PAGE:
I'm all for the old adage, those who don't learn from history are doomed to repeat it. It's a large part of my interest in the current book I'm reading about the "paperbacking of America," which obviously has many parallels to the painful, awkward transition to e-books. But at some point, nostalgia gets in the way of progress.
This is how I read Joni Evans' recent fluff piece in the NY Times, but perhaps I'm being harsh. I mean sure, the photo is fun. Perhaps this article suffers from being linked in Shelf Awareness today, so I went to it expecting a bit more substance. If I had stumbled upon it in the actual Times, maybe it would have had context that made it more... palatable somehow. Oops, an accidental moment of advocating for print culture again!
The same way everyone's obsession with Mad Men reads to me as a slightly coded frustration with multicultural living in which straight white men are challenged (a criticism admittedly stolen from my partner's reaction to the latest pop culture product to benefit from nostalgia for the fifties), I worry that our tendency to stare longingly and bleary-eyed at publishing's good ol' days is in fact a reaction to the loud-mouthed brats who have upset the old gentlemen's club of publishing - not just the literal gentleman's club of postwar publishing, but the elite group of white ivy-leagued publishers - including women - that held power really until the 1990's, when zines and other indie efforts starting making real headway on a big scale. Ah, what happened to the days when a handful of editors decided who read what and could all lunch with ease at their favorite little spot in Union Square, smoking and drinking and carrying on?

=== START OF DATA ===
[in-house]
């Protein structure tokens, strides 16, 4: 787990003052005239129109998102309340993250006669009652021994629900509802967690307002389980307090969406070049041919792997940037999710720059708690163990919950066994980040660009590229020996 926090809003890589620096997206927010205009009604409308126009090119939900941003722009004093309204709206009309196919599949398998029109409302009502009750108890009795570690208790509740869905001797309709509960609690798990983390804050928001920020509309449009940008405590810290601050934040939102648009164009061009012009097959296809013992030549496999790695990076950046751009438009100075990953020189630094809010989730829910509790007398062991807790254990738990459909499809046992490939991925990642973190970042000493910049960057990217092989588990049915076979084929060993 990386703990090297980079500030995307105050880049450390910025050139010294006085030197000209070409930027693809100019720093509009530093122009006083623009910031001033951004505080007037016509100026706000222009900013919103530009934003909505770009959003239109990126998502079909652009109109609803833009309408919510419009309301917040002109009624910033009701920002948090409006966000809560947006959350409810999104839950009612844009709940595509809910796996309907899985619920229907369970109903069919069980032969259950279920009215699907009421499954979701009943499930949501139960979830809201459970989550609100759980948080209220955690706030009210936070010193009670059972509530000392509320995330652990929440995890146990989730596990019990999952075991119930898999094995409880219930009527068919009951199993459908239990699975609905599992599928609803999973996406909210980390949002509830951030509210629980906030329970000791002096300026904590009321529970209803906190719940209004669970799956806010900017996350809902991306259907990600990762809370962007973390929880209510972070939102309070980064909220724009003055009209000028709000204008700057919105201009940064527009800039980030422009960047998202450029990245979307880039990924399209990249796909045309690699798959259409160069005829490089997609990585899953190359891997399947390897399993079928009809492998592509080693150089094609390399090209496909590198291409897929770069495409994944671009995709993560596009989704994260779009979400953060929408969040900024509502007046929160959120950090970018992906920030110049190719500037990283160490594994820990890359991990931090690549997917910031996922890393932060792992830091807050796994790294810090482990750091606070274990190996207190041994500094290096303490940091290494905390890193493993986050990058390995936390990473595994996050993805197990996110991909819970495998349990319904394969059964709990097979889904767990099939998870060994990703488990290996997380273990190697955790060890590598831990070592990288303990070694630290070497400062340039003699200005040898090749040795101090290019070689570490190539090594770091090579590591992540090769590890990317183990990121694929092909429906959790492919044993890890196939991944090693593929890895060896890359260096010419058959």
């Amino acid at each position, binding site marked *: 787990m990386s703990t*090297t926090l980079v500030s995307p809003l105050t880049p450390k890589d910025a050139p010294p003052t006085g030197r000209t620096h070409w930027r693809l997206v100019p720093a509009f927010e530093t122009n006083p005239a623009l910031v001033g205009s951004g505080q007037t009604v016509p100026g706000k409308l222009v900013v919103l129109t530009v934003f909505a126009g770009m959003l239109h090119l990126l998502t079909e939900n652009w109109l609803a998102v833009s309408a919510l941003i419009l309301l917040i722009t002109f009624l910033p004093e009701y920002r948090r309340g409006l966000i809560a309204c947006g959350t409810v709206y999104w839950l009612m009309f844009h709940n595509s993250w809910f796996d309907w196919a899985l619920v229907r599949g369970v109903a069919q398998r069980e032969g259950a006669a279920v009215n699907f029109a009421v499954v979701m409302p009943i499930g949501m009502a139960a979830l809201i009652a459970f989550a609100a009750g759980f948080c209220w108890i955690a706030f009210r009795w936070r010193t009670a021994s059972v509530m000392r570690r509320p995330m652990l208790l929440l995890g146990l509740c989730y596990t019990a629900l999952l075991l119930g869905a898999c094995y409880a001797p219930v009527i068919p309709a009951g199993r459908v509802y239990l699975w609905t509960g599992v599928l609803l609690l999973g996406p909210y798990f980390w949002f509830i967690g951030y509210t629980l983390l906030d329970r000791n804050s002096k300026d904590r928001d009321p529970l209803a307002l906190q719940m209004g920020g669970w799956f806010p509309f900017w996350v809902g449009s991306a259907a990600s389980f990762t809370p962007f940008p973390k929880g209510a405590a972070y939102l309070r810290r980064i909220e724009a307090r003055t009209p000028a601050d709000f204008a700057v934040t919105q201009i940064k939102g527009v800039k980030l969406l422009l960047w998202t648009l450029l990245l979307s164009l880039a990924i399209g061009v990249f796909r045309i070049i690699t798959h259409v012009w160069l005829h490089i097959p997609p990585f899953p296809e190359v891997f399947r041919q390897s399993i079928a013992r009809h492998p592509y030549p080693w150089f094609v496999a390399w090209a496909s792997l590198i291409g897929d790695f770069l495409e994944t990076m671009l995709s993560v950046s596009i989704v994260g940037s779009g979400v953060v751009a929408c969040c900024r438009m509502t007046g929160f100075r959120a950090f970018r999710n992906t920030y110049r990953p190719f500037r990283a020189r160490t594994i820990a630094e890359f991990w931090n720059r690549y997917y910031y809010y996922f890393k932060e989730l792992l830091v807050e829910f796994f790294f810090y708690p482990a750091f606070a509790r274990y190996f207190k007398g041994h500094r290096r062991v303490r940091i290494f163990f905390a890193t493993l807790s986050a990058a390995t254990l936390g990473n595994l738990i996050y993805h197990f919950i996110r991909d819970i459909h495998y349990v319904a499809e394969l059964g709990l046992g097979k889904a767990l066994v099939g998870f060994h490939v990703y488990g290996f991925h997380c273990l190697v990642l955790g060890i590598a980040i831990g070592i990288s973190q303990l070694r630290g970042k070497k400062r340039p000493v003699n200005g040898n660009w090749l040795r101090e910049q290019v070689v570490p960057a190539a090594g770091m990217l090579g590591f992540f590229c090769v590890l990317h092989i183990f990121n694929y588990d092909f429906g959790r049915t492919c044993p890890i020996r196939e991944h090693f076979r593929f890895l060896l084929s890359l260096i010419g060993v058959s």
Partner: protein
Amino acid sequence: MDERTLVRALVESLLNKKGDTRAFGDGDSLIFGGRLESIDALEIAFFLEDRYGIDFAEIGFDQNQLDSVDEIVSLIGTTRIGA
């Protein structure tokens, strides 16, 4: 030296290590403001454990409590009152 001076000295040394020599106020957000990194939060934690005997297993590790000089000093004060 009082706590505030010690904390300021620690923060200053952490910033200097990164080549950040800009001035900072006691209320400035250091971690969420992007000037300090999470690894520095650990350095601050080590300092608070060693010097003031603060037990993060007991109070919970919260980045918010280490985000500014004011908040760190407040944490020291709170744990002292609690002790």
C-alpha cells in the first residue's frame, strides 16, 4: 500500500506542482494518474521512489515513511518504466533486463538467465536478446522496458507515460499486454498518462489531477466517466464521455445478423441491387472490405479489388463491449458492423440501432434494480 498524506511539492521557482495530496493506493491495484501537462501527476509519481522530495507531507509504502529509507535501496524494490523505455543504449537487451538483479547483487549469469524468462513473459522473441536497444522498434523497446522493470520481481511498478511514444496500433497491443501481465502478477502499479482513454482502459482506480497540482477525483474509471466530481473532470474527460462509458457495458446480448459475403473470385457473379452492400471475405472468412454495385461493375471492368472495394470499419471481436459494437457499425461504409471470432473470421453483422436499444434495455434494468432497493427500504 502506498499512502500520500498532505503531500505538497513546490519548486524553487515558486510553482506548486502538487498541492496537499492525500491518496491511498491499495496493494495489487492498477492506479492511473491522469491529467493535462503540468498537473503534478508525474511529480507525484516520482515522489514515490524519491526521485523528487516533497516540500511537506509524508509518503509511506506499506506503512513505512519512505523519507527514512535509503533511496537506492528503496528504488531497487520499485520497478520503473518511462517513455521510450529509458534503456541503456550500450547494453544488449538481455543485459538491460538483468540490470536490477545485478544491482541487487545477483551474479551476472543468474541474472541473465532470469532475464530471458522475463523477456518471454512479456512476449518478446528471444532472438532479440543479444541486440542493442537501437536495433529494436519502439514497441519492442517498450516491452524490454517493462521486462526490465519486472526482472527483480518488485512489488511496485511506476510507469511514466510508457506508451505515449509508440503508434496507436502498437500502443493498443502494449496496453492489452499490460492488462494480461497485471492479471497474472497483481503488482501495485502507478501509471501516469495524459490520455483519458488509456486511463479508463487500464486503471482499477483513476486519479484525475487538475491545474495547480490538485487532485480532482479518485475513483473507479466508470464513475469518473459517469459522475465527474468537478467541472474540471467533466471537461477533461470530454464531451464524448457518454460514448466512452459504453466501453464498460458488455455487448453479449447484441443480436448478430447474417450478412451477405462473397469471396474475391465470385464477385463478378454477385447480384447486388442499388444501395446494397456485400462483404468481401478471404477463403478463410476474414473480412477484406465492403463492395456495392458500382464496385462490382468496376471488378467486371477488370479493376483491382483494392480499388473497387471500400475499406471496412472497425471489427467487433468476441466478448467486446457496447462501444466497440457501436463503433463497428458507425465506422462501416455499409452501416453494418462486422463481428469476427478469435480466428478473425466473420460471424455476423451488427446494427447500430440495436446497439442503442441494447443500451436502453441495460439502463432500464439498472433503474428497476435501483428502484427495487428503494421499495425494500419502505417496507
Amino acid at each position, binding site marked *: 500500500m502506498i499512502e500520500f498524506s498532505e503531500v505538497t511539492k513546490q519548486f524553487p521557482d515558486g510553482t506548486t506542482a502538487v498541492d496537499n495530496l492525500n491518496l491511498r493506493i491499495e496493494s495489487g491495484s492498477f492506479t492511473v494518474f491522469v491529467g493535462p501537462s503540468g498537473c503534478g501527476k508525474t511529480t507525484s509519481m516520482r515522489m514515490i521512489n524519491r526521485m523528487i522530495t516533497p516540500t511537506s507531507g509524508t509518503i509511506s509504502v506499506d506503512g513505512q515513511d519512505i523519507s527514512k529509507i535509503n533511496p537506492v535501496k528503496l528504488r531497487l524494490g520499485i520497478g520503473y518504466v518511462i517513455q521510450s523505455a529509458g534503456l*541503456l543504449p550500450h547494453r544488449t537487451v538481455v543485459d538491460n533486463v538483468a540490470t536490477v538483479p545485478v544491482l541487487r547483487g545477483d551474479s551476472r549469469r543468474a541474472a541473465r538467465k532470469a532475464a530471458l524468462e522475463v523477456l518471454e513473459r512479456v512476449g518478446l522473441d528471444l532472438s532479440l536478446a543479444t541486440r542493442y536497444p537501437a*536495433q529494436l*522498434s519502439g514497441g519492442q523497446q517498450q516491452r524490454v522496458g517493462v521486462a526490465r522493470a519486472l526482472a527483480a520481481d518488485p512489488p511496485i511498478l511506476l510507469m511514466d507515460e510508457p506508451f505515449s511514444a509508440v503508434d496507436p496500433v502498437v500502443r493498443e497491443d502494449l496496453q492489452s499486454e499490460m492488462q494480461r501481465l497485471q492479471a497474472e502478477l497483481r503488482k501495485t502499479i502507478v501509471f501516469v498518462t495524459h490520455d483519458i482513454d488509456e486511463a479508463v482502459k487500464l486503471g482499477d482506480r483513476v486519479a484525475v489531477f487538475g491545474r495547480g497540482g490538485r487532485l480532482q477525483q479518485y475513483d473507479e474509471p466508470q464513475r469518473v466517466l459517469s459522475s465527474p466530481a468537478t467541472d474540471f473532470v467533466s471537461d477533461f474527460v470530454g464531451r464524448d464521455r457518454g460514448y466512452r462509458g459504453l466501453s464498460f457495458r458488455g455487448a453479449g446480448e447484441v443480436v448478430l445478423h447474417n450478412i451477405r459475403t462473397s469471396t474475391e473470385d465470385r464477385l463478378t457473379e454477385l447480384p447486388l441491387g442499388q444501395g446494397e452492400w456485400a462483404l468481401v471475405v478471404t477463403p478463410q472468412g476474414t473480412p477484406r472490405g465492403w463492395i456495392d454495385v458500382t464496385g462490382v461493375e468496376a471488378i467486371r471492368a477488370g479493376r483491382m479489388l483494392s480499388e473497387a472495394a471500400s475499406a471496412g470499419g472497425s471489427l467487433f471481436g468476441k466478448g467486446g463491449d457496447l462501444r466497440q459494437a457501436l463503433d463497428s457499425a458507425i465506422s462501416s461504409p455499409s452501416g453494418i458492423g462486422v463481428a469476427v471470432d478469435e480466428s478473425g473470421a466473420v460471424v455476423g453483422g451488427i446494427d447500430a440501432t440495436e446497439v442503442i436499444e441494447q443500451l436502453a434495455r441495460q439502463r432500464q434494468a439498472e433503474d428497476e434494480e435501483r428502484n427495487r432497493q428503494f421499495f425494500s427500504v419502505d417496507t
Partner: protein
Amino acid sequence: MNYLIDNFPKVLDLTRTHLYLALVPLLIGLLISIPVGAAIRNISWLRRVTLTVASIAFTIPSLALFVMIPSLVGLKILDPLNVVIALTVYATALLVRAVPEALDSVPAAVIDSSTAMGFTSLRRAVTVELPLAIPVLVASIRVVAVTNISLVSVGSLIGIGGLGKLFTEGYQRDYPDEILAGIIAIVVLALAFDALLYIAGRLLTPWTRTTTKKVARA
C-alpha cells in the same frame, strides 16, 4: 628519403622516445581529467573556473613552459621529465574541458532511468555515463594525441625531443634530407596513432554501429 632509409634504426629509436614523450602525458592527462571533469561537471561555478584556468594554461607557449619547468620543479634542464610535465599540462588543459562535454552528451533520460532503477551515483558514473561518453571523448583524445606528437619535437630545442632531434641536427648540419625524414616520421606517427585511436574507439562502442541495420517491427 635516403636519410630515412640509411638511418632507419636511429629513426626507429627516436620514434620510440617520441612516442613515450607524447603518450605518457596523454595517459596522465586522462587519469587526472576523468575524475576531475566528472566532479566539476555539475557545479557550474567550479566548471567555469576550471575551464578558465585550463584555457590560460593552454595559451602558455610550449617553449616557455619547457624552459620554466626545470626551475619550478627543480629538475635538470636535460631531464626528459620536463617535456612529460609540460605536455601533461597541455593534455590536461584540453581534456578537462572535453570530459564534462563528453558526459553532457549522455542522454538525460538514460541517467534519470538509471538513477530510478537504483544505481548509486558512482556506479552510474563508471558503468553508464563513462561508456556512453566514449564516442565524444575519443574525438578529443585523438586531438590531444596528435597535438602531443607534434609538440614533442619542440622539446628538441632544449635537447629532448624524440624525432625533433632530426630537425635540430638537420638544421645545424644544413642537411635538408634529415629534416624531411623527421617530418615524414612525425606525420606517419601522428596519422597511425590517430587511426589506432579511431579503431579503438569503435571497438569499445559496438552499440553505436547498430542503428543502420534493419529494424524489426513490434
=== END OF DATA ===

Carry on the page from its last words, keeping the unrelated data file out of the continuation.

I guess in my mind I want to preserve some good elements of old publishing - strong editor-author relationships, for example - without preserving the elitism and the extreme centralized manner of publishing. Just as many people have taken back up victory gardens for a new era, can we take back up a thoughtful way of publishing for a new era, using the benefits of our online age without flushing the printed word down the toilet? Can we harness the explosion in reading that's happening into a newly organized publishing industry that keeps people employed and improves the written word, creating a useful and fruitful dialogue about issues alongside exciting, engaging, and intelligent fiction and poetry?